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Potemkin Putin

Although Russian President Vladimir Putin has proven adept at weathering storms of popular unrest, there are good reasons to think that this year's protests might be different. While he and his cronies continue to focus solely on enriching themselves, the country's secular decline is becoming too obvious to ignore.

WASHINGTON, DC – Since Vladimir Putin came to power in 2000, Russia has experienced several waves of popular unrest. In 2005, senior citizens protested against a pension reform, and in 2011-2012, thousands of Muscovites demonstrated in response to an obviously fraudulent election in which Putin returned to the presidency after a brief stint as prime minister. Through it all, Putin has proven to be politically bulletproof.

But now, a new wave of protests is sweeping the country, and there are good reasons to think this time might be different. Putin has become ever more repressive and non-responsive to public opinion. Cloistered in isolated palaces, he has become what opposition leader Alexei Navalny calls a “grandpa in his bunker.” Despite the Kremlin’s attempt on his life last year, Navalny recently released a damning documentary alleging that Putin has funneled his ill-gotten gains toward the construction of a massive secret palace on the Black Sea.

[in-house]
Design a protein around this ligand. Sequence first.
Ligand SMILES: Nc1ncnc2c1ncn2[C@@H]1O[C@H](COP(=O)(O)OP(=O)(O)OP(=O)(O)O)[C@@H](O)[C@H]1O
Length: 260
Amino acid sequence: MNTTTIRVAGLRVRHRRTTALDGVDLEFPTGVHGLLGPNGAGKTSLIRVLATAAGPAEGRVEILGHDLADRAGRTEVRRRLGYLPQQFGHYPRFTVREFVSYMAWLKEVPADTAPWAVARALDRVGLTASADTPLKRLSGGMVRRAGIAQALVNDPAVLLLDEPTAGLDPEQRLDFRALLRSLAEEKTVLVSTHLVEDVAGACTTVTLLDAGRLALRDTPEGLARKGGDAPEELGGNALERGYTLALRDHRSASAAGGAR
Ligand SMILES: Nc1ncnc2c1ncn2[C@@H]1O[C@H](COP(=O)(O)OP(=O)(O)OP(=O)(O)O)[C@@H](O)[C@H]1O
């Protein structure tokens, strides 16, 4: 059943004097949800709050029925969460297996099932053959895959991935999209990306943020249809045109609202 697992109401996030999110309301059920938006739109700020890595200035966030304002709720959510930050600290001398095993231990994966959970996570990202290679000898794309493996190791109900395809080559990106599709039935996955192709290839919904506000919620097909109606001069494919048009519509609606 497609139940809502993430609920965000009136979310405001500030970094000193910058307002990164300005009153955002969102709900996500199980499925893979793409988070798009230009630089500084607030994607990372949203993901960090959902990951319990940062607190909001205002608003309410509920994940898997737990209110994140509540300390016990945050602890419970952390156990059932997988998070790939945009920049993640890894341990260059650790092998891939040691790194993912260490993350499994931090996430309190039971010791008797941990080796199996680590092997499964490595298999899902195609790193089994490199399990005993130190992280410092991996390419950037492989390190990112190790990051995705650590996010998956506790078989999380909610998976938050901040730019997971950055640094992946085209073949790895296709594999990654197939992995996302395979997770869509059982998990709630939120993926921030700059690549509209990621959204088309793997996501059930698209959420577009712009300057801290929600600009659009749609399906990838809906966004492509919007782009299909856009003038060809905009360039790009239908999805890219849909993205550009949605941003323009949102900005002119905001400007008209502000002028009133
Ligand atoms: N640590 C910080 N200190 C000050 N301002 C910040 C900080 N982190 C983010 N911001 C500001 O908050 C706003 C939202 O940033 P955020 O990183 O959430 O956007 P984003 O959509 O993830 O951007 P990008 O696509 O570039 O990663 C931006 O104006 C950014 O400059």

Putin’s next big political test will come in September, when Russia holds State Duma (legislative) elections. Putin will have nothing meaningful to offer the Russian people. After benefiting from robust economic growth of around 7% per year during his first two terms (2000-2008), he now presides over a stagnant economy. Since peaking at $2.3 trillion in 2013, Russia’s GDP has fallen by more than one-third, to $1.5 trillion. In the space of just four years (2014-2017), the country’s standard of living fell by 12.4%. And after remaining flat through 2018-2019, it declined again in 2020.

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